Yesterday I published Beth’s Paris Marathon Recap, Part 1.  We left off with Beth in the early miles of her marathon.  Here is part 2, in her words…

At about the 9 km mark, I was happy to spot a familiar tee shirt “Montgomery County Parks ½ Marathon” being sported by a fellow DC native!  I ran along side and chatted with Erika and Nate from Rockville for some 8 km.   It was nice to talk with someone from our neck of the woods and hear about their numerous marathon adventures.  I told them all about the Cruisers and Debbie’s blog, so I hope they find this!!

I lost my Maryland friends at a water stop, just as the day continued to warm and get even more beautiful.  A little past the halfway point I looked up and saw the glorious “26” marker.  For the briefest of moments my heart leaped—until I remembered it was 26 kilometers I’d run, just north of 16 miles, and far short of  26.  Still, there’s something about running 42,195 kilometers that seems superior to a mere 26.2 miles.  Note the French virgule, or comma, in lieu of our decimal, makes it seem an even greater distance, as if it were really 42 thousand, one hundred ninety five kilometers instead of 42,195 meters that we would soon complete.  Interestingly, of the nearly 50,000 runners who registered for this year’s race, only around 40,000 of them showed up—of which some 1,500 did not complete the race.  But, enough math for now.  One of those who did not complete the race was one guy who decided to run the race with a giant Eiffel Tower strapped to his back.  The last I saw of him (and he was rather hard to miss), he was staggering off the course at just past the 27 thousand meter marker…

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Kilometers, not miles

I missed Tom at the second spectator site where he’d camped out on the sunny side of the Seine just North of l’Isle St. Louis, but, had to laugh about the guy I saw spread eagle holding the black iron rail fence near the Tour St. Jacques, peeing no handed—and not realizing (or caring) that there were people strolling on the other side.  Not wanting to miss any sights, I ran with my iPhone; stopping frequently to take photos or to text Tom my location.  At one of the photo stops where video was being taken—something I didn’t notice when stopping to take a photo of the recently renovated Conciergerie—I took a couple of photos of my own.  I know this because in browsing the Marathon website a couple days after the race, I can be seen, pulling off the course and magically morphing from a runner into a tourist as I leisurely took a couple photos before rejoining the race.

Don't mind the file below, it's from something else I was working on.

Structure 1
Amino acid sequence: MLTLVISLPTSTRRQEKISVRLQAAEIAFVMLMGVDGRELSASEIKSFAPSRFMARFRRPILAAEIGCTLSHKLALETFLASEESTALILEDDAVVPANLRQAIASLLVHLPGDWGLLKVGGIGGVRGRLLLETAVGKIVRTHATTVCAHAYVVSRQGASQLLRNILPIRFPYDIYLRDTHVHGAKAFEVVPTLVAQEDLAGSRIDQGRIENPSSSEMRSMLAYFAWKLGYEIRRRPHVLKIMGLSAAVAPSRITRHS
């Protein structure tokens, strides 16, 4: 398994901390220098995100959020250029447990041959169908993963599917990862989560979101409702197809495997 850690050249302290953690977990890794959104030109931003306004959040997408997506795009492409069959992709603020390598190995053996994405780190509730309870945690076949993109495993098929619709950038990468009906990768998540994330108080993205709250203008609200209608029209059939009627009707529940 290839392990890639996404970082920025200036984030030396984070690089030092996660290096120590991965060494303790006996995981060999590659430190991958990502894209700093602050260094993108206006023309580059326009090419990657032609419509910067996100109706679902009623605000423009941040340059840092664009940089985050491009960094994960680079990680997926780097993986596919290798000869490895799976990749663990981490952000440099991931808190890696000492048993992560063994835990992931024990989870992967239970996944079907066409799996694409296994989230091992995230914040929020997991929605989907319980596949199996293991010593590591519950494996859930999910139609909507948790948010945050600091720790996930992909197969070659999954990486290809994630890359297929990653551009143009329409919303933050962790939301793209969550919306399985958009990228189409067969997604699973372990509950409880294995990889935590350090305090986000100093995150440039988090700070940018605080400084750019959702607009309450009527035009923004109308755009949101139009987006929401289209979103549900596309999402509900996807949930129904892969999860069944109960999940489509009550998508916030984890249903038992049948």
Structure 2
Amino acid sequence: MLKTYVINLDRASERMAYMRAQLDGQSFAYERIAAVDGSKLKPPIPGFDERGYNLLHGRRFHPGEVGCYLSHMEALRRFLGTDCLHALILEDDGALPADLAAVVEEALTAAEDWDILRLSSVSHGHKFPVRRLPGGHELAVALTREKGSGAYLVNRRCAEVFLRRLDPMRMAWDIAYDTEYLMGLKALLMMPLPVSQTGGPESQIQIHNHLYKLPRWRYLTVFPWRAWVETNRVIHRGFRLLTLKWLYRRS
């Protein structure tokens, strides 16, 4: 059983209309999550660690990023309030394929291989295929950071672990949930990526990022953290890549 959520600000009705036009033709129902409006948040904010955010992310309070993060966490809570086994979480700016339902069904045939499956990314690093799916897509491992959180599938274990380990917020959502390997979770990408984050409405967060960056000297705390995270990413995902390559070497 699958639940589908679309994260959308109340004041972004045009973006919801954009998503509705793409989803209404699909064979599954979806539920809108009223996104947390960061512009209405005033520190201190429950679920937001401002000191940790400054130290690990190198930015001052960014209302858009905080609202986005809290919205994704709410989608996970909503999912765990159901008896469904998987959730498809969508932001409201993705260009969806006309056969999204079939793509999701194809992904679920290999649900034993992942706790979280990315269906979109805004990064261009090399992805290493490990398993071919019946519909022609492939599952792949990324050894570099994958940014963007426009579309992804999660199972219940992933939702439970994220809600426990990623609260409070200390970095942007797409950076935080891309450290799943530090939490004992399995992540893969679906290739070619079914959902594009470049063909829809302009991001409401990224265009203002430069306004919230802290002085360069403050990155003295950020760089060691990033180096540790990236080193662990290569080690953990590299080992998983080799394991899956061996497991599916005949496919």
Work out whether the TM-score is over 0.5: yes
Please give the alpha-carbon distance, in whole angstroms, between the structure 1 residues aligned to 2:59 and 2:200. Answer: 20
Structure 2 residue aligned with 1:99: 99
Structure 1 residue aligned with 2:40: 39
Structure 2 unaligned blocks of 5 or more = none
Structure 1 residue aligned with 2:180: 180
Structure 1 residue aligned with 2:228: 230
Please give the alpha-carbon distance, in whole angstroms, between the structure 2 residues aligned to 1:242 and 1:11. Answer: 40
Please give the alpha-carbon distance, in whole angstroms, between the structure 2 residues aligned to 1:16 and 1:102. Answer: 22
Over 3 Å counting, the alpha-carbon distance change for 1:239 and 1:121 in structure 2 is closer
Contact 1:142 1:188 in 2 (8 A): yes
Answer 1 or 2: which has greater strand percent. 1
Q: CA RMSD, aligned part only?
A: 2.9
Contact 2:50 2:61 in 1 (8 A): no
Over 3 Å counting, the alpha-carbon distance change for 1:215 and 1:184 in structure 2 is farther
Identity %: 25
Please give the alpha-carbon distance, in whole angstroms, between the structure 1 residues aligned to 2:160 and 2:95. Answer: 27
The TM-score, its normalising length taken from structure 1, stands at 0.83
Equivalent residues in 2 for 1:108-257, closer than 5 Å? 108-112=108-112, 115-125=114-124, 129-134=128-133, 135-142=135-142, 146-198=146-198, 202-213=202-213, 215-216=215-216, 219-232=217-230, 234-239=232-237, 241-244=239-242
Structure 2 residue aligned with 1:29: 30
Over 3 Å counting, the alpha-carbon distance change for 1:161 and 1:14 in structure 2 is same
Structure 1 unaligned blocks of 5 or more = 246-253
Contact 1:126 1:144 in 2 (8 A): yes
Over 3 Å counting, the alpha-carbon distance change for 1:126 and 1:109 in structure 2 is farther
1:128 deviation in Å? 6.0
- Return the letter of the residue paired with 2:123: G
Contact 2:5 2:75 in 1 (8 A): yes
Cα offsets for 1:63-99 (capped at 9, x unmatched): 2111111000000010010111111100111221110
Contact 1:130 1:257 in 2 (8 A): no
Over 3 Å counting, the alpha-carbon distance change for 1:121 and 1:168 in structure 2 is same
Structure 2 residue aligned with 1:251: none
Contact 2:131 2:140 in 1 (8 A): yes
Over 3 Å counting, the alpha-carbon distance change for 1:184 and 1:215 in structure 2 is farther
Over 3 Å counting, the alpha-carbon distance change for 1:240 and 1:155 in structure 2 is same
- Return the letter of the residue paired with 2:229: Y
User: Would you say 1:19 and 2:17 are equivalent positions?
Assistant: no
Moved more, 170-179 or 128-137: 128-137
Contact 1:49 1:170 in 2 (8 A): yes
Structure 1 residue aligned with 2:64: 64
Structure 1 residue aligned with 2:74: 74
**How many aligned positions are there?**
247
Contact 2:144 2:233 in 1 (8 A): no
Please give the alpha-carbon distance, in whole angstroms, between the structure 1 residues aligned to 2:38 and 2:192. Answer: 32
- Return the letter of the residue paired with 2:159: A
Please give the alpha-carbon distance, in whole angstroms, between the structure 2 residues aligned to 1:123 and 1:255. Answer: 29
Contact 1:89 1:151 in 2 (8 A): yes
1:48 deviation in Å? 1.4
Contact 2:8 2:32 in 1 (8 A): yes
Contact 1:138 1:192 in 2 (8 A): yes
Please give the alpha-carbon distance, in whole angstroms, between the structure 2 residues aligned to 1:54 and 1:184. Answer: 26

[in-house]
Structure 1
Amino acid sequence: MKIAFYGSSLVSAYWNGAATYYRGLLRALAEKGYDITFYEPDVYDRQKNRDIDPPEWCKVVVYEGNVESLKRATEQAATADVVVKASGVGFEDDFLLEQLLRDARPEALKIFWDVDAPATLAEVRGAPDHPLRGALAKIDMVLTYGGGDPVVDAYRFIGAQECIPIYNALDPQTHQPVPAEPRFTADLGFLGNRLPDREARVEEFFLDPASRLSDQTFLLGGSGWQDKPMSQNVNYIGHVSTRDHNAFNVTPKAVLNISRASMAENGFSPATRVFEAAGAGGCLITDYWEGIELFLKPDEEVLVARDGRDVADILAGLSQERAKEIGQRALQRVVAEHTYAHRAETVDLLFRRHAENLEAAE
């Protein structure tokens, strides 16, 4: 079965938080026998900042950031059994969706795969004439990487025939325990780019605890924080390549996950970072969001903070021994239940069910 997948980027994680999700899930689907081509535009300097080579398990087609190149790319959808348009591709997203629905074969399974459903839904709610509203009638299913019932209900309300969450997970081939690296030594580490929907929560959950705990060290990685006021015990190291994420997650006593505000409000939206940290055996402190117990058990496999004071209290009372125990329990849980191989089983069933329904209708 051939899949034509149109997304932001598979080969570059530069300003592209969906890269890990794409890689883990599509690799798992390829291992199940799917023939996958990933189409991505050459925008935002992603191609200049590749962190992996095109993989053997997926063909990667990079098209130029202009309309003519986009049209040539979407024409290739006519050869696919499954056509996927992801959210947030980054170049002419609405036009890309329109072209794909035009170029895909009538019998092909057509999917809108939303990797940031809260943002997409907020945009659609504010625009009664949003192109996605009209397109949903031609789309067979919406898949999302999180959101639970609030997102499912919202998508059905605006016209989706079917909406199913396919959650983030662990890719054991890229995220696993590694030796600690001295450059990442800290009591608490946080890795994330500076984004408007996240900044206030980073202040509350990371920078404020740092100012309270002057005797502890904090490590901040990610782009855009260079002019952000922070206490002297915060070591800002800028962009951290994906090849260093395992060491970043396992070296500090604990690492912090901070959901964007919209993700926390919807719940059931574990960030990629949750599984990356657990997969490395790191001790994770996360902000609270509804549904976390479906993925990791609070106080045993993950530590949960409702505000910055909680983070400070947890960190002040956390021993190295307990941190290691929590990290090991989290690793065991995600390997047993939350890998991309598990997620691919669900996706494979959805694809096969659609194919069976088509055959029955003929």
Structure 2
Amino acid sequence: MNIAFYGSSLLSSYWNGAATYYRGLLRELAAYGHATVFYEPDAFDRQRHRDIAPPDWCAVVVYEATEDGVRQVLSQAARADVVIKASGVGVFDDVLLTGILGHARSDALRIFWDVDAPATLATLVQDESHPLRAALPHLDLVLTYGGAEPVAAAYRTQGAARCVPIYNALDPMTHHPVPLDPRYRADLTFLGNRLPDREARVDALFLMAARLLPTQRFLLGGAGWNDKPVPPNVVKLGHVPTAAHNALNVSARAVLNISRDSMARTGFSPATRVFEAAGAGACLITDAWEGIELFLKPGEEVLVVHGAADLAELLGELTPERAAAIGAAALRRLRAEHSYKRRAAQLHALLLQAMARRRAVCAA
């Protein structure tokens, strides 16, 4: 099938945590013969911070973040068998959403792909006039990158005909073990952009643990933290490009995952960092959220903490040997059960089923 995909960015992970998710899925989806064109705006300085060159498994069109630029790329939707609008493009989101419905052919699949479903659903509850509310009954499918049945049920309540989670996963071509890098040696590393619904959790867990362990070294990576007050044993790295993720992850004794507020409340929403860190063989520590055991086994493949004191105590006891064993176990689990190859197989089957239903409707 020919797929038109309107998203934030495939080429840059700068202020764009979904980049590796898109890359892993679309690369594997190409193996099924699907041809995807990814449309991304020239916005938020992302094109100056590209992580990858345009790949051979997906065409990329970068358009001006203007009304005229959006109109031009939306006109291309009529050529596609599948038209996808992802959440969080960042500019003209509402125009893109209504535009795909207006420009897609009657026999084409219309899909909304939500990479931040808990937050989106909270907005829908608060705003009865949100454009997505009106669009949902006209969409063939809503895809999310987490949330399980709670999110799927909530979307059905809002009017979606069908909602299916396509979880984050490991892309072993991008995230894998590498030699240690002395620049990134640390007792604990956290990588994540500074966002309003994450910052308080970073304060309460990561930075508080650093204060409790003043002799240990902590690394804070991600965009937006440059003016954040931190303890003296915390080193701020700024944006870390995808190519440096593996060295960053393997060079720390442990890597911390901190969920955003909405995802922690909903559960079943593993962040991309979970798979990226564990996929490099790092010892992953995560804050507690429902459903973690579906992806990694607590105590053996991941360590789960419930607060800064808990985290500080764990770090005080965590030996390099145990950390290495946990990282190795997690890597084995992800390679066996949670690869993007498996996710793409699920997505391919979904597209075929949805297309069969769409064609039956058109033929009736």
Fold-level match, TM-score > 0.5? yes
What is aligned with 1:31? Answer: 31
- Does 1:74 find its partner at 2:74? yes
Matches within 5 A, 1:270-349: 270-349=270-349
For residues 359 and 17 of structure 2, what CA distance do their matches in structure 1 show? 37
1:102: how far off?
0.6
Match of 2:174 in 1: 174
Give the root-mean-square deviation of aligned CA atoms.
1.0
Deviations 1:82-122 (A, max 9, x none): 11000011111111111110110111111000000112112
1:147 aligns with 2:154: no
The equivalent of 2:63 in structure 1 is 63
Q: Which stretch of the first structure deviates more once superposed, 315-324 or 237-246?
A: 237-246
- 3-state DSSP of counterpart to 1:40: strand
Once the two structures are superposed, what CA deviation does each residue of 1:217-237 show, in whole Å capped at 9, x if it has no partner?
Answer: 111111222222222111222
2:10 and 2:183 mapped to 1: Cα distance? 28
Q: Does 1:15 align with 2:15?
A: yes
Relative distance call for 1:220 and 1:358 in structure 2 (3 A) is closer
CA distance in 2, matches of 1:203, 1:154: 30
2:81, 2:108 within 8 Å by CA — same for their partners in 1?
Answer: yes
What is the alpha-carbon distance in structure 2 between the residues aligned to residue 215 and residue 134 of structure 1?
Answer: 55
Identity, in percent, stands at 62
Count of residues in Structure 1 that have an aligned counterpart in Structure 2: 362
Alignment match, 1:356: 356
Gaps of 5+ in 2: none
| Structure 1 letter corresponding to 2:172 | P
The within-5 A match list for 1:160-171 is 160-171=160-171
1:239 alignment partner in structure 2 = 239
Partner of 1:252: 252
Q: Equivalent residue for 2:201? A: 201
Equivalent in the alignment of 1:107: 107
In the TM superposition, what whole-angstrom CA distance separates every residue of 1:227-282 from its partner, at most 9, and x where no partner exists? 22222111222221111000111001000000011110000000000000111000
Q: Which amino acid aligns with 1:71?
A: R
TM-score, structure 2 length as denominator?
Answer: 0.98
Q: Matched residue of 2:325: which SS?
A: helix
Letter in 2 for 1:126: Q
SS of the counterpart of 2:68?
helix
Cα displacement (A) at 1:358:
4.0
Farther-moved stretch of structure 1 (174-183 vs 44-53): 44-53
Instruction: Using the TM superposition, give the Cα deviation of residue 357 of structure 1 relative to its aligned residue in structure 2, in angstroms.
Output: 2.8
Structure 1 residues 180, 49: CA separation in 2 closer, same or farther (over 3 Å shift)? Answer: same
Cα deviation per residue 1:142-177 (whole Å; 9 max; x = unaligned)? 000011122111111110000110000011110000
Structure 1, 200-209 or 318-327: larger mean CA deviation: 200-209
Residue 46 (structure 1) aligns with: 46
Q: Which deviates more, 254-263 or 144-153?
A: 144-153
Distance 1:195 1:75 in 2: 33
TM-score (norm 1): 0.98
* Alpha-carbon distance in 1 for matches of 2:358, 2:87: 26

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Beautiful course scenery

This is a decision I made before beginning the race:  That, despite some of the hardest training I’ve done for any race, I wouldn’t let an opportunity for a great photo pass without capturing the moment!  I finished strong, up Avenue Foch near l’Arc de Trimphe where it all began earlier that morning.  While my race time ended up not being anywhere near one of my best, I can truthfully say it was one of my most enjoyable races ever.  I heartily recommend this race to those seeking a nice change of pace.  In Paris, you can not only run into each other, you can also see them peeing, snurging, or perhaps heaving a half empty water bottle at your head!

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Paris finisher!

Until next year, au revoir, and vive les coureurs!  Long live runners!

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Beth’s post-marathon mousse treat!

  • Questions:
  • Do you befriend other runners during races?
  • What’s your favorite marathon or half-marathon finishers’ medal?
  • What’s your favorite post-race treat?
Happy Running! ~ Deb